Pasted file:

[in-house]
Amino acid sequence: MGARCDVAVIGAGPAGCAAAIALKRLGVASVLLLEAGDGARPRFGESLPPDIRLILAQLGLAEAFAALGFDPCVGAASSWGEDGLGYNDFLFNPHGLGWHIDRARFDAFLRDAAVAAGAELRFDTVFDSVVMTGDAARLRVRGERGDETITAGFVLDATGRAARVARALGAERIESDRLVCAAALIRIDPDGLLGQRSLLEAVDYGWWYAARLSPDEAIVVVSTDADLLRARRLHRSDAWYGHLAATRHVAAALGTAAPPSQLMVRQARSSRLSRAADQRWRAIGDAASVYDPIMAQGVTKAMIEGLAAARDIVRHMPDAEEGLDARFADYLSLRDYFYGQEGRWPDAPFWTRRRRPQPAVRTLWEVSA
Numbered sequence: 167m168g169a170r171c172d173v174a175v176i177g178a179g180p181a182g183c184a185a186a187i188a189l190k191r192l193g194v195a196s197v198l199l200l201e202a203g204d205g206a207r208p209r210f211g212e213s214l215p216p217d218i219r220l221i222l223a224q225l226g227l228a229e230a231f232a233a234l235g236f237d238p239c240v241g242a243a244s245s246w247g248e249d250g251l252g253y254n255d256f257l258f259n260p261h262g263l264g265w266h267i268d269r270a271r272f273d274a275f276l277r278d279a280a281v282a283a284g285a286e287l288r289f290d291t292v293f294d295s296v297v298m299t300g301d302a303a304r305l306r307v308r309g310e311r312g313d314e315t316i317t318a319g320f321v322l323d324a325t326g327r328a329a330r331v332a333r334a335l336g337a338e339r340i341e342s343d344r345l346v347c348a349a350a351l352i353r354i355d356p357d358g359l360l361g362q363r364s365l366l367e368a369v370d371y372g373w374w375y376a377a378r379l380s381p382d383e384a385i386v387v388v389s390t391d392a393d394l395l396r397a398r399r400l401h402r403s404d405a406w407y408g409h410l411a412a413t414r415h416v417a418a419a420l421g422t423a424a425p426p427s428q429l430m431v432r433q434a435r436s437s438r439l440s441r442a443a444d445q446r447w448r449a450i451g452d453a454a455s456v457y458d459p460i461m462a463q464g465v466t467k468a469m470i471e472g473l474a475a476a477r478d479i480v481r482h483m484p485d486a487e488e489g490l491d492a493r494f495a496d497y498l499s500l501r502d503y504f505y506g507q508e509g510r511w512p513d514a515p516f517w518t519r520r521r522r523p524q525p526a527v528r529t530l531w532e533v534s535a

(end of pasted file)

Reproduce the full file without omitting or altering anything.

[in-house]
Amino acid sequence: MGARCDVAVIGAGPAGCAAAIALKRLGVASVLLLEAGDGARPRFGESLPPDIRLILAQLGLAEAFAALGFDPCVGAASSWGEDGLGYNDFLFNPHGLGWHIDRARFDAFLRDAAVAAGAELRFDTVFDSVVMTGDAARLRVRGERGDETITAGFVLDATGRAARVARALGAERIESDRLVCAAALIRIDPDGLLGQRSLLEAVDYGWWYAARLSPDEAIVVVSTDADLLRARRLHRSDAWYGHLAATRHVAAALGTAAPPSQLMVRQARSSRLSRAADQRWRAIGDAASVYDPIMAQGVTKAMIEGLAAARDIVRHMPDAEEGLDARFADYLSLRDYFYGQEGRWPDAPFWTRRRRPQPAVRTLWEVSA
Numbered sequence: 167m168g169a170r171c172d173v174a175v176i177g178a179g180p181a182g183c184a185a186a187i188a189l190k191r192l193g194v195a196s197v198l199l200l201e202a203g204d205g206a207r208p209r210f211g212e213s214l215p216p217d218i219r220l221i222l223a224q225l226g227l228a229e230a231f232a233a234l235g236f237d238p239c240v241g242a243a244s245s246w247g248e249d250g251l252g253y254n255d256f257l258f259n260p261h262g263l264g265w266h267i268d269r270a271r272f273d274a275f276l277r278d279a280a281v282a283a284g285a286e287l288r289f290d291t292v293f294d295s296v297v298m299t300g301d302a303a304r305l306r307v308r309g310e311r312g313d314e315t316i317t318a319g320f321v322l323d324a325t326g327r328a329a330r331v332a333r334a335l336g337a338e339r340i341e342s343d344r345l346v347c348a349a350a351l352i353r354i355d356p357d358g359l360l361g362q363r364s365l366l367e368a369v370d371y372g373w374w375y376a377a378r379l380s381p382d383e384a385i386v387v388v389s390t391d392a393d394l395l396r397a398r399r400l401h402r403s404d405a406w407y408g409h410l411a412a413t414r415h416v417a418a419a420l421g422t423a424a425p426p427s428q429l430m431v432r433q434a435r436s437s438r439l440s441r442a443a444d445q446r447w448r449a450i451g452d453a454a455s456v457y458d459p460i461m462a463q464g465v466t467k468a469m470i471e472g473l474a475a476a477r478d479i480v481r482h483m484p485d486a487e488e489g490l491d492a493r494f495a496d497y498l499s500l501r502d503y504f505y506g507q508e509g510r511w512p513d514a515p516f517w518t519r520r521r522r523p524q525p526a527v528r529t530l531w532e533v534s535a